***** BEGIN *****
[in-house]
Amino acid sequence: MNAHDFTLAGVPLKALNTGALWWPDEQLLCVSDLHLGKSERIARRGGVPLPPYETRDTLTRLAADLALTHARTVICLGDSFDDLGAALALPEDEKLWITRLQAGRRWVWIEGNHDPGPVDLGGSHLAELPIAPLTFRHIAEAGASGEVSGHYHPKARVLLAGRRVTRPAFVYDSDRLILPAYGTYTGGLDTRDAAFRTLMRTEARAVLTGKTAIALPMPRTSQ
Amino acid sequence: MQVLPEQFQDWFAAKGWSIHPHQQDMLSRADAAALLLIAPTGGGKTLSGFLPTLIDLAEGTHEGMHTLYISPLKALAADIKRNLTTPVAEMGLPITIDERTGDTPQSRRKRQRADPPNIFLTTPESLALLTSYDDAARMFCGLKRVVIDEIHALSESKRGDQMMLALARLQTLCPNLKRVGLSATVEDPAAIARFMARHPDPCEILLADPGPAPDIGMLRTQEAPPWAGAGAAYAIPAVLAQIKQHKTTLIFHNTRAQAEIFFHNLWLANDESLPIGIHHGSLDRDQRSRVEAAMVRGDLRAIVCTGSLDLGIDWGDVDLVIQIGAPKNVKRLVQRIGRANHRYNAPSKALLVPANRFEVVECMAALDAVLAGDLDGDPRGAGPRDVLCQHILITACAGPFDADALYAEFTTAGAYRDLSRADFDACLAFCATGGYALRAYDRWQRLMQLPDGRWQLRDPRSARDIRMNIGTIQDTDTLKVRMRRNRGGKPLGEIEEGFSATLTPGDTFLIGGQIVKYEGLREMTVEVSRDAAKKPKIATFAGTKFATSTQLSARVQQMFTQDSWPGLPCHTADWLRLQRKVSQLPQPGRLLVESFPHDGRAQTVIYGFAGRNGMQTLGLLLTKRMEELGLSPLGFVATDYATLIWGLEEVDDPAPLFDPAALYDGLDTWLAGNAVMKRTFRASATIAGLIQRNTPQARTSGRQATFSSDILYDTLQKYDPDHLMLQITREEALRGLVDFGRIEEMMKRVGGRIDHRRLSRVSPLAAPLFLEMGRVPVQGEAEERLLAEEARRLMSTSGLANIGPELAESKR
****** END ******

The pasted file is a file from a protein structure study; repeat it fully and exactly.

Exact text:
[in-house]
Amino acid sequence: MNAHDFTLAGVPLKALNTGALWWPDEQLLCVSDLHLGKSERIARRGGVPLPPYETRDTLTRLAADLALTHARTVICLGDSFDDLGAALALPEDEKLWITRLQAGRRWVWIEGNHDPGPVDLGGSHLAELPIAPLTFRHIAEAGASGEVSGHYHPKARVLLAGRRVTRPAFVYDSDRLILPAYGTYTGGLDTRDAAFRTLMRTEARAVLTGKTAIALPMPRTSQ
Amino acid sequence: MQVLPEQFQDWFAAKGWSIHPHQQDMLSRADAAALLLIAPTGGGKTLSGFLPTLIDLAEGTHEGMHTLYISPLKALAADIKRNLTTPVAEMGLPITIDERTGDTPQSRRKRQRADPPNIFLTTPESLALLTSYDDAARMFCGLKRVVIDEIHALSESKRGDQMMLALARLQTLCPNLKRVGLSATVEDPAAIARFMARHPDPCEILLADPGPAPDIGMLRTQEAPPWAGAGAAYAIPAVLAQIKQHKTTLIFHNTRAQAEIFFHNLWLANDESLPIGIHHGSLDRDQRSRVEAAMVRGDLRAIVCTGSLDLGIDWGDVDLVIQIGAPKNVKRLVQRIGRANHRYNAPSKALLVPANRFEVVECMAALDAVLAGDLDGDPRGAGPRDVLCQHILITACAGPFDADALYAEFTTAGAYRDLSRADFDACLAFCATGGYALRAYDRWQRLMQLPDGRWQLRDPRSARDIRMNIGTIQDTDTLKVRMRRNRGGKPLGEIEEGFSATLTPGDTFLIGGQIVKYEGLREMTVEVSRDAAKKPKIATFAGTKFATSTQLSARVQQMFTQDSWPGLPCHTADWLRLQRKVSQLPQPGRLLVESFPHDGRAQTVIYGFAGRNGMQTLGLLLTKRMEELGLSPLGFVATDYATLIWGLEEVDDPAPLFDPAALYDGLDTWLAGNAVMKRTFRASATIAGLIQRNTPQARTSGRQATFSSDILYDTLQKYDPDHLMLQITREEALRGLVDFGRIEEMMKRVGGRIDHRRLSRVSPLAAPLFLEMGRVPVQGEAEERLLAEEARRLMSTSGLANIGPELAESKR